In addition, there are other circumstances where a sponsor could retain his or her domicile while living abroad, such as being employed by the U.S. Government, a U.S. research institution, a U.S. corporation, a public international organization recognized by a U.S. Treaty or Statute, or a religious organization -- and stationed abroad as a result of that employment.

 

Also, persons who are abroad temporarily to study or teach may still be considered to be domiciled in the United States if they can satisfy the interviewing consular officer that they did not give up their domicile in the United States and establish a domicile abroad.

 

How can the petitioner establish a domicile?

 

If the sponsor has not maintained a domicile in the U.S., the sponsor must establish their domicile in the U.S. before their family member can be issued an Immigrant Visa.

 

To do this, the sponsor must prove that they have taken the necessary steps to make the U.S. his or her immediate and principal place of residence. Such steps might include finding U.S. employment, locating a place to live, registering children in U.S. schools, voting in U.S. elections, having U.S. bank accounts, or filing U.S. taxes.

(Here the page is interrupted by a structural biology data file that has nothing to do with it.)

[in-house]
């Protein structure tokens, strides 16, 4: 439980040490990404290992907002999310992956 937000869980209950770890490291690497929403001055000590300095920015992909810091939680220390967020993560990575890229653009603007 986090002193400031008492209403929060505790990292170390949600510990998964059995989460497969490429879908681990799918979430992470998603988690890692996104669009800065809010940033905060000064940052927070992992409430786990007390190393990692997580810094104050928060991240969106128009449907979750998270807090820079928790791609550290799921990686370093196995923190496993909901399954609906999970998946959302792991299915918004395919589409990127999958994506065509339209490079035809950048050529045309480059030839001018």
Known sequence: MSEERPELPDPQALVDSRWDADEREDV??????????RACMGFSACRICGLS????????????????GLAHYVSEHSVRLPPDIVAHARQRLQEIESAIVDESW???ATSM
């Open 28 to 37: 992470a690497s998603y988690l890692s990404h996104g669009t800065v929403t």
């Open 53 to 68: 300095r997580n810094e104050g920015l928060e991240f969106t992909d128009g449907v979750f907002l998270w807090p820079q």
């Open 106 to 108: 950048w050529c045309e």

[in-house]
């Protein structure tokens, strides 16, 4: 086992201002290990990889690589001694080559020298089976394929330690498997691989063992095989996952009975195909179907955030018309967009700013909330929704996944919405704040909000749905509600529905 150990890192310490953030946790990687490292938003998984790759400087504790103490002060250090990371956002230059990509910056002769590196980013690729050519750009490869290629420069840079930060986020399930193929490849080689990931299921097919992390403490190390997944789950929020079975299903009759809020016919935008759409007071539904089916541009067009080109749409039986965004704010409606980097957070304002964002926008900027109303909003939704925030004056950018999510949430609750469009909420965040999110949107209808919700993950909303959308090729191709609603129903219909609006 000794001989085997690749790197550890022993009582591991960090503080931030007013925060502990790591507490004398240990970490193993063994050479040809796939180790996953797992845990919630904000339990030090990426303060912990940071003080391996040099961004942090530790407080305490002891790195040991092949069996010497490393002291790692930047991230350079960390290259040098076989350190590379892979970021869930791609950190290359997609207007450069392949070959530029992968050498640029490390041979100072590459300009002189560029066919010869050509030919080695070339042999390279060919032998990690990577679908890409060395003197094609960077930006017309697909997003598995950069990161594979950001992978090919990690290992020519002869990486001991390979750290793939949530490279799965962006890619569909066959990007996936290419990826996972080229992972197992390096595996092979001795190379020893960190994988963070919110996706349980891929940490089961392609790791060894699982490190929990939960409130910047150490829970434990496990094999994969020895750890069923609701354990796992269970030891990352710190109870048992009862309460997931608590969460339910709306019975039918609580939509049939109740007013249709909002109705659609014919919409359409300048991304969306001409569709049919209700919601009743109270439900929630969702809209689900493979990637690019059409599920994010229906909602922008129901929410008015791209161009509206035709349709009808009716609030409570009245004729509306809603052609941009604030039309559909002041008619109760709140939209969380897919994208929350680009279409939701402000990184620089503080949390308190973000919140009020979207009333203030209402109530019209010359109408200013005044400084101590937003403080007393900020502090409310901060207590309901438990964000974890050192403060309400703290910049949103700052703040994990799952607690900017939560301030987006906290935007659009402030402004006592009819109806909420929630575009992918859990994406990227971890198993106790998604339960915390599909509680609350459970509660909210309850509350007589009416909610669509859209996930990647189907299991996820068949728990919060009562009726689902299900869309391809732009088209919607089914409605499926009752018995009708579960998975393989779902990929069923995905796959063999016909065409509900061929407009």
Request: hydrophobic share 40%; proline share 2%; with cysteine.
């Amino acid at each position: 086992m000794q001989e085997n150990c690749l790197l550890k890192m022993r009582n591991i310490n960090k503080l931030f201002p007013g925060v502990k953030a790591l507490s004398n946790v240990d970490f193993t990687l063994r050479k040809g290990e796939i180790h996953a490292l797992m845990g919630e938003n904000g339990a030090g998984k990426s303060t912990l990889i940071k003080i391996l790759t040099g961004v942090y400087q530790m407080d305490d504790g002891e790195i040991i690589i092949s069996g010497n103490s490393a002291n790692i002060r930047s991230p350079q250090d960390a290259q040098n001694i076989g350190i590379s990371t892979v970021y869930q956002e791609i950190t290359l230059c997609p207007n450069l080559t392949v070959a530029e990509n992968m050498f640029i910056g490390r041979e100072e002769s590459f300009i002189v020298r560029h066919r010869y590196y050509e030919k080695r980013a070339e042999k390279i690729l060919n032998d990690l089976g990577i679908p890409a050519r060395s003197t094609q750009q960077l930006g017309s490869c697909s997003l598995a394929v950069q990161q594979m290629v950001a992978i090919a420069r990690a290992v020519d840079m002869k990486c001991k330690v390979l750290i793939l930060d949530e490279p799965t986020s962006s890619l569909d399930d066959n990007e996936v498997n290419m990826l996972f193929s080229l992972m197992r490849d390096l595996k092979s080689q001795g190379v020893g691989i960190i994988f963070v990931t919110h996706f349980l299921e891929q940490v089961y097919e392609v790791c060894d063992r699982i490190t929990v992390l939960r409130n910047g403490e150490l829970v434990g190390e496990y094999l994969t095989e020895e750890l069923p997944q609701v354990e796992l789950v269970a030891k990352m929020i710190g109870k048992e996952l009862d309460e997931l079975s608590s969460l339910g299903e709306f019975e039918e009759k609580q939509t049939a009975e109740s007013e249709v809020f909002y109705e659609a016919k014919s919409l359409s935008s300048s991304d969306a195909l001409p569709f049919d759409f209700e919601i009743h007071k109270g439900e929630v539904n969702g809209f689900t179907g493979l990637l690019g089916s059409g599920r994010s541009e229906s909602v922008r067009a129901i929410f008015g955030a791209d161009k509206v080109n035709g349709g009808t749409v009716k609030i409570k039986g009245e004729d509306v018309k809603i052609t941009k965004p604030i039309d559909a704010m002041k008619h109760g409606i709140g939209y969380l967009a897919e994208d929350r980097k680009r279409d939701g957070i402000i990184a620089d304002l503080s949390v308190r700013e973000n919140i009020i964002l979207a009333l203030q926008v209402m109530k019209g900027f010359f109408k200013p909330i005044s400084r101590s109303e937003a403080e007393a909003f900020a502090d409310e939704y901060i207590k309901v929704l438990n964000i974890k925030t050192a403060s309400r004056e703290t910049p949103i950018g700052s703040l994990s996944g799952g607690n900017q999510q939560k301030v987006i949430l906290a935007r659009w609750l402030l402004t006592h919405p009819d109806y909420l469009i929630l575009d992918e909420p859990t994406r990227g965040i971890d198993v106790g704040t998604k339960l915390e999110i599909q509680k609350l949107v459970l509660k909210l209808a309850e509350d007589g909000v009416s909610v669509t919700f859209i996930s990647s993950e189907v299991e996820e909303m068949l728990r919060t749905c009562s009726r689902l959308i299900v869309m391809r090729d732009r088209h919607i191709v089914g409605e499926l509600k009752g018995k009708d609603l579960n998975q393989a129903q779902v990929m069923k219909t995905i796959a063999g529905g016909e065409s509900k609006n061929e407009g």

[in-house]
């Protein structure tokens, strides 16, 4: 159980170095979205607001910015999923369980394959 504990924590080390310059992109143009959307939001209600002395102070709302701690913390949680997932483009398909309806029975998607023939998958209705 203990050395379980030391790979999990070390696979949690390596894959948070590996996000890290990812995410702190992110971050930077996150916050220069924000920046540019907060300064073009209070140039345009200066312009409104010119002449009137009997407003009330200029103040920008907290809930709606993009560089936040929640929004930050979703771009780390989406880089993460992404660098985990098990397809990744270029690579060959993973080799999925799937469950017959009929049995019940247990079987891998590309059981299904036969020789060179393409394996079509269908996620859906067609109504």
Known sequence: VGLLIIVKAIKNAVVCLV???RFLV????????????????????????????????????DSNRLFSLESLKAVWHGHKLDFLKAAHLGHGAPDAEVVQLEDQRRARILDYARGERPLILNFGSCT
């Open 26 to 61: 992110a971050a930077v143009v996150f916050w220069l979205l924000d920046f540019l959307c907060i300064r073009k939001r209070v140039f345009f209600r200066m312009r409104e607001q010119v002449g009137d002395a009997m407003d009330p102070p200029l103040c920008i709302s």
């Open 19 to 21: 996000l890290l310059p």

It is not necessary for the sponsor to go to the U.S. before the sponsored family members to re-establish residence and domicile provided that the sponsor has taken the type of concrete steps outlined above.

more evidence of petitioner’s permanent residence in the United States.  Please see the ‘Domicile instruction sheet’

 

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8 minutes ago, AP_kills said:

 

How can the petitioner establish a domicile?

 

If the sponsor has not maintained a domicile in the U.S., the sponsor must establish their domicile in the U.S. before their family member can be issued an Immigrant Visa.

 

To do this, the sponsor must prove that they have taken the necessary steps to make the U.S. his or her immediate and principal place of residence. Such steps might include finding U.S. employment, locating a place to live, registering children in U.S. schools, voting in U.S. elections, having U.S. bank accounts, or filing U.S. taxes.

 

It is not necessary for the sponsor to go to the U.S. before the sponsored family members to re-establish residence and domicile provided that the sponsor has taken the type of concrete steps outlined above.

more evidence of petitioner’s permanent residence in the United States.  Please see the ‘Domicile instruction sheet’

 

You have your answer right there.

 

This is another good resource: Link: https://travel.state.gov/content/travel/en/us-visas/immigrate/the-immigrant-visa-process/collect-and-submit-forms-and-documents-to-the-nvc/establish-financial-support/i-864-affidavit-faqs.html